Aphra makes the realization that the being she identifies closest with is a psychopathic murder droid in Doctor Aphra #30.
This review contains plot points for Doctor Aphra #30.
Doctor Aphra #30
Writers: Simon Spurrier | Art: Emilio Laiso | Colors: Rachelle Rosenberg | Cover Artist: Ashley Wittier | Letterer: VC’s Joe Caramagna | Assistant Editor: Tom Groneman | Editor: Mark Paniccia
Don’t read Doctor Aphra #30 for the action. Read it for the revelation. Readers of Marvel’s Star Wars comics have witnessed Aphra in action for approximately 60 issues. In those issues, she has aided Darth Vader in the beginning stages of his quest to unseat the Emperor. Aphra has traveled the stars looting and stealing rare artifacts. She spent time in an Imperial prison and escaped the temples of Yavin IV. Her life is one of adventure. However, one of the most interesting issues featuring Aphra arrives when she can barely move at all. Doctor Aphra #30 provides revelations about Aphra and Triple Zero that their adventures until now failed to uncover.
Not So Unalike After All
Triple Zero explained to Aphra once that they were the same. Over the course of Doctor Aphra, both Aphra and Triple Zero have revisited that idea multiple times. Aphra keeps rejecting it, and eventually, Triple Zero did as well when Aphra proved far less ruthless than he was. However, after surviving a crash on the planet Milvayne, Aphra isn’t so sure anymore.
Aphra finds herself stunned and unable to use her legs after a seismic pulse she implanted in Triple Zero as a fail safe against him was turned against their Imperial captors. Triple Zero is impressed. He can’t fault her in the least for making a contingency plan against him. He did plan on killing her when she was no longer useful, and the bomb saved both of them this time. He then attempts something nice for her and shows her holo-footage of Magna Tolvan alive, well, and with the Rebellion.
Up until then, Aphra searched in vain for Tolvan’s fate after they parted on the Akkresker jail. As Aphra puts it, it took a psychotic machine to make her cry happy. Furthermore, the incident brings to mind all the betrayals she committed in her life. After struggling and arguing against the similarity for so long, she seems to find peace in acceptance.
This point is underscored when the husband and wife team of monsters hunters, Winloss and Nokk, catch up to them. Rather than extract at revenge upon Aphra for the misdeeds she committed against them in the past, they leave her to her fate. In their mind, there is no payback they can enact that is worse than her life at that moment.
A Favor Returned
In return for Triple Zero’s revelation about Tolvan’s fate, Aphra does something for him in Doctor Aphra #30. She realizes that she might be stuck with the murder droid, and she wants no favors owed to him. Therefore, she decrypts his memories. In a nice touch, the code phrase Aphra selected was “hopeless.” Of course, this same encryption prevented the Rebellion from acquiring Imperial secrets, and Rebellions are built on hope, or so Jyn Erso says.
All of Triple Zero’s murders and atrocities come flooding back to him in a flash, and he temporarily becomes disabled. When he awakens, he reveals he recovered the moment of his creation. Contrary to his belief, he was not intentionally designed as the perfect killing instrument. No, his existence is a mistake. The very matrix that houses Triple Zero’s programming corrupts and suppresses any morality, empathy, equitability, and loyalty. Triple Zero was, in fact, a reject and a complete accident.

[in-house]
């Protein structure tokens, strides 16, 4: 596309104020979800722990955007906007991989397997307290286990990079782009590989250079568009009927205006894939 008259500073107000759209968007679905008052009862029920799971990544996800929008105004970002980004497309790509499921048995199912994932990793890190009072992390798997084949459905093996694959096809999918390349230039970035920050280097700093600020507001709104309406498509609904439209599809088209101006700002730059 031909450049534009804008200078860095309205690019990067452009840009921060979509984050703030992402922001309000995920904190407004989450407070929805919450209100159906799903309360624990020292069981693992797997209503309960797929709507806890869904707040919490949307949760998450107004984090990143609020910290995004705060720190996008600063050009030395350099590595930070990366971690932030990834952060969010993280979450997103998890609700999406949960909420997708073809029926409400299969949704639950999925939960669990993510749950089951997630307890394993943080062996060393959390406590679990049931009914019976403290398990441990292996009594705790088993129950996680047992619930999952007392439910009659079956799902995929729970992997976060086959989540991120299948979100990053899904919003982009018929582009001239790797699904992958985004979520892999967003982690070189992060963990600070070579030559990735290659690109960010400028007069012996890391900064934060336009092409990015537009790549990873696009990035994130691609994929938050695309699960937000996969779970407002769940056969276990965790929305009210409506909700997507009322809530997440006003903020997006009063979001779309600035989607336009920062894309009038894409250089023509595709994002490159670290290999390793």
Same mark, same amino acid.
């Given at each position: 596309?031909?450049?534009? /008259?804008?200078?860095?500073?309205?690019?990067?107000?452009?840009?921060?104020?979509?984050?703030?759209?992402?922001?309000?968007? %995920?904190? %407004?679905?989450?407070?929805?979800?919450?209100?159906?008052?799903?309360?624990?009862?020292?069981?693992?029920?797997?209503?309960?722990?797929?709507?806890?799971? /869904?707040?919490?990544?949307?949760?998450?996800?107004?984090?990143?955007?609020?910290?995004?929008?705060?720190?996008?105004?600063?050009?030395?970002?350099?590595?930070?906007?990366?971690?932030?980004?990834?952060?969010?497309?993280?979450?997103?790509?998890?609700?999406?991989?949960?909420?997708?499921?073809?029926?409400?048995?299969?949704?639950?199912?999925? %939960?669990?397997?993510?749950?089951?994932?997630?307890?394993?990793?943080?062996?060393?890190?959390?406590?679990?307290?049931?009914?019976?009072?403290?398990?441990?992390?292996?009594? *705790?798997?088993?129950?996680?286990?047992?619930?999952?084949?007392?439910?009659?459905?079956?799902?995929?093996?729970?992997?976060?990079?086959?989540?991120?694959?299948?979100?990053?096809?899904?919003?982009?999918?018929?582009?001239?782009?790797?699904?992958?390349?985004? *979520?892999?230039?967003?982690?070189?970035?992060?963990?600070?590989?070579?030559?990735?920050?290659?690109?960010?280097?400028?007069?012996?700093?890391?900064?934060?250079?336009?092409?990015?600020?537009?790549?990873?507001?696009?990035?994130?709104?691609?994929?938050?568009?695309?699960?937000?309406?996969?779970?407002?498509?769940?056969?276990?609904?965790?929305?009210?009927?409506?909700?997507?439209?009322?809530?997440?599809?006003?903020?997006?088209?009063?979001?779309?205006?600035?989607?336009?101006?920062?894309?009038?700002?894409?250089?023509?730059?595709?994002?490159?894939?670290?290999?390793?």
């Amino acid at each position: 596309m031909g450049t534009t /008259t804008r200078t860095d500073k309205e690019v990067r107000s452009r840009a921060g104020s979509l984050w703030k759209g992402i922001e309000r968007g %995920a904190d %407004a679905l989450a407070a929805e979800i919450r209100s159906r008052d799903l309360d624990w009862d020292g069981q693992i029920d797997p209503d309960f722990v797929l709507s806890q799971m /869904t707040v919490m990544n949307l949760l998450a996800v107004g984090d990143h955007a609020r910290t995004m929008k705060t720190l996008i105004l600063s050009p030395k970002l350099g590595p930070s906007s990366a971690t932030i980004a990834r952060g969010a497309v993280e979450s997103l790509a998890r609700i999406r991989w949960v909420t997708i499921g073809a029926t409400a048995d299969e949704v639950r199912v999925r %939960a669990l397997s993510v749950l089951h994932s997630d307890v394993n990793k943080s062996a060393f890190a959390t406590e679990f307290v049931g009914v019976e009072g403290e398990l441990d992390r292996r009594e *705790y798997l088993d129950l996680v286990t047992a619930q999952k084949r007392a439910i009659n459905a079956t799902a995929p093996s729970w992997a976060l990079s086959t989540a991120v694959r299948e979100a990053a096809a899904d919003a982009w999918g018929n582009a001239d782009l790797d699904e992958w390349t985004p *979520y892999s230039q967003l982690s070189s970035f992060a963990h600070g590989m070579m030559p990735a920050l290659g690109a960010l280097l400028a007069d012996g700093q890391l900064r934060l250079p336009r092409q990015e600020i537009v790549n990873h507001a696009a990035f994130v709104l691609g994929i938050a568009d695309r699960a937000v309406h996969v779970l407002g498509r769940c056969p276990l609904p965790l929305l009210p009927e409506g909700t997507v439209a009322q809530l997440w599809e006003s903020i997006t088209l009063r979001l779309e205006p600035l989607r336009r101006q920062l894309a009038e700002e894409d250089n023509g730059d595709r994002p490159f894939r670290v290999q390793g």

With this “unfortunate news,” Triple Zero experiences an existential crisis and decides to go for a walk. This is problematic for Aphra, because she still can’t use her legs. Therefore, she needs to do something quick before the proximity bomb in her head triggers. Readers are left with a cliffhanger as he walks away and the proximity bomb begins to beep.
Concluding Thoughts on Doctor Aphra #30
The thing about Doctor Aphra #30 is that Aphra finally accepts that she betrays and uses people. In the past, she always tried to rationalize her behavior. Aphra would justify her actions by saying she never meant to hurt someone, or that she made mistakes. Finally, she owns the consequences of her actions. The question is: what comes next? Assuming she survives Triple Zero wandering off to contemplate his existence, what will Aphra do with this self realization? Does she simply accept it, or does she make a change?
It has been said that the best, most interesting, and complex characters are the ones that change from their experience. This is Aphra’s chance. However, do readers want Aphra to change? Or, do readers love Aphra because she is a scoundrel? There are plenty of great adventures to write no matter which way she goes.
The realization that Tolvan is still alive in Doctor Aphra #30 also has consequences. Aphra left Tolvan believing she had killed her. It was a cruel thing to do, even if Aphra believed it was the only way any of them survived. Aphra also realizes the depth of her feelings for Tolvan. This could be a game changer for her.
Finally, there is a little unfinished business. Doctor Evazaan is responsible for all of this. Aphra and Triple Zero’s predicament is a sick form of amusement for him. Once this is done, are they brought to justice? The final episode of the story arc should have some fireworks for readers.
Dennis Keithly is a graduate of the University of Missouri, North Texas attorney, husband, father of two, and co-host of Starships, Sabers, and Scoundrels. In addition to Star Wars, Dennis is a fan of science fiction, fantasy, and super heroes in general. When not engaged in fictional universes, Dennis is reading a good book or watching the NHL, football, or studying the NFL draft.